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Carole Mallory Headshot

Movie Review... The Unsafe Safe House

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Denzel Washington plays one badass sociopath, murderer, traitor and still manages to steal screen time from all of those around him and be charming to boot. This includes Ryan Reynolds (Matt Weston) whose character is along for the ride and a backdrop for Tobin Frost's (Washington's) driving escape from the CIA. Julian Assange anyone? (Not that we know if Assange is guilty whereas we know Frost is.) The script by David Guggenheim is one dimensional in that the film is about Frost's running from the CIA and Weston who is the "housekeeper" of a safe house, who is meant to guard him. Frenzy is what this movie is really about.

More precisely it is about secrets of the CIA that are on micro chips that Frost has acquired illegally. He will sell these chips to the highest bidder and blow the lily white lid off the CIA. Alas one murder ensues.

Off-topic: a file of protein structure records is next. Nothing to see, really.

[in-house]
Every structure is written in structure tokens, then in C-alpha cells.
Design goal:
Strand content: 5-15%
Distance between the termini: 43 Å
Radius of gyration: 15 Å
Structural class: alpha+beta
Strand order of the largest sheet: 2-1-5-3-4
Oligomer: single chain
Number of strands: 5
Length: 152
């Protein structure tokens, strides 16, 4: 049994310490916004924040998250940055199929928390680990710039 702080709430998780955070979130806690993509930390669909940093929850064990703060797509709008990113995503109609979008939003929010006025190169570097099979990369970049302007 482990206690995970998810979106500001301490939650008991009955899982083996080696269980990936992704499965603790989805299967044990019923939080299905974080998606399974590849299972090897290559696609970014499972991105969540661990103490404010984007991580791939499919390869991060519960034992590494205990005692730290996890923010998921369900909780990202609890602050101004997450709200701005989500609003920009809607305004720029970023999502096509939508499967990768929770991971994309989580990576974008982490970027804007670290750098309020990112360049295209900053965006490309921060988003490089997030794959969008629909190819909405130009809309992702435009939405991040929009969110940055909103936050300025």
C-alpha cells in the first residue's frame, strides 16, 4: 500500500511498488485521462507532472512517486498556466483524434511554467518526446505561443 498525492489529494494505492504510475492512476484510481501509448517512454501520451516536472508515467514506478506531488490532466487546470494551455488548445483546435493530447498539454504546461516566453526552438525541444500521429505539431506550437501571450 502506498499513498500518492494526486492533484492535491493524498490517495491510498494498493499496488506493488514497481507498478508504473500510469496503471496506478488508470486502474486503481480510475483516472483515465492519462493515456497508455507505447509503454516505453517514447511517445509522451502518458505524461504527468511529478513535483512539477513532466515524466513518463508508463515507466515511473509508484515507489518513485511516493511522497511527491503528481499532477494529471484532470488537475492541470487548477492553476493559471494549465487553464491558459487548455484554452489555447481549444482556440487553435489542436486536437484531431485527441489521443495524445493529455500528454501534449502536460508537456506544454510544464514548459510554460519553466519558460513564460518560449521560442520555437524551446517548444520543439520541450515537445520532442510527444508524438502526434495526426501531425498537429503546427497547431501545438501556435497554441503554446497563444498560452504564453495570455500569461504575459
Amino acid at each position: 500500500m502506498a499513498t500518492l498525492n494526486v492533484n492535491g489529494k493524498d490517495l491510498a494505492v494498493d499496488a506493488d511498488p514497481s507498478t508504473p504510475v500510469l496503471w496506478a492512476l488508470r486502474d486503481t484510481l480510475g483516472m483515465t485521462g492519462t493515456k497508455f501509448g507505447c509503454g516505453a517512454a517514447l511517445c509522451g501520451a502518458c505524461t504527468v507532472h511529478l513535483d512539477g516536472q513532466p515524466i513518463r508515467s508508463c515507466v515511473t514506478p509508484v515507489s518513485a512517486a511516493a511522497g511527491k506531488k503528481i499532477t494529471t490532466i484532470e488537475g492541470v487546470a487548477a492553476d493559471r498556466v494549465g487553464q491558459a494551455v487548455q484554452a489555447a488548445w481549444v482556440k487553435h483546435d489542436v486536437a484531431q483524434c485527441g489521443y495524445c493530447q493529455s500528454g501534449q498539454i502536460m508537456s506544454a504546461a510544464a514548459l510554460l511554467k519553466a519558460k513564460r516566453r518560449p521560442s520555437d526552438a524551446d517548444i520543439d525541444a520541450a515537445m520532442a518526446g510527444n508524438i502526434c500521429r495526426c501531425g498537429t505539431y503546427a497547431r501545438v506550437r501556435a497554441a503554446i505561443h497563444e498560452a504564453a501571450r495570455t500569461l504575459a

The CIA is headed by Harlan Whitford (Sam Shepard), who reminds me of Dick Cheney. Whitford is smooth, cunning and hides his involvement in this intrigue from everyone. Captivating as only Sam Shepard can be, he is assisted by Catherine Linklater (Vera Farmiga) who is her dynamic self. David Barlow (Brendon Gleeson) is robust skillful presence and rounds out the star cast of the CIA. Acting is not the problem of this film.

The plot is simple: Frost is on the run from the CIA with his micro chip and gets caught and put in a Safe House in South Africa. The "housekeeper" is Weston, a newbie in the CIA and has Billy Budd written all over him. After Frost is water boarded to no avail and is about to be cut with a knife, thugs break into the Safe House and murder everyone save Frost and Weston who escape in a getaway car after Weston throws Frost in the trunk.

Eventually this becomes a buddy film as the two become allies -- a bit reminiscent of the Hope/Crosby Road films only with violence thrown in the mix. Catherine Linklater thinks Weston has turned. Her realization of this possibility could be the highlight of the film. When she confronts Barlow with this concept, all hell breaks loose. And everyone runs on.

The sound is at times overbearing, but effective. The cinematography and visual effects are excellent with beautiful shots of Cape Town and South Africa. Daniel Espinoza's direction builds the momentum slowly and intently if not at times heavy handed.

If the idea of seeing two not quite Nuns on the Run appeals to you, run to this film. Otherwise walk.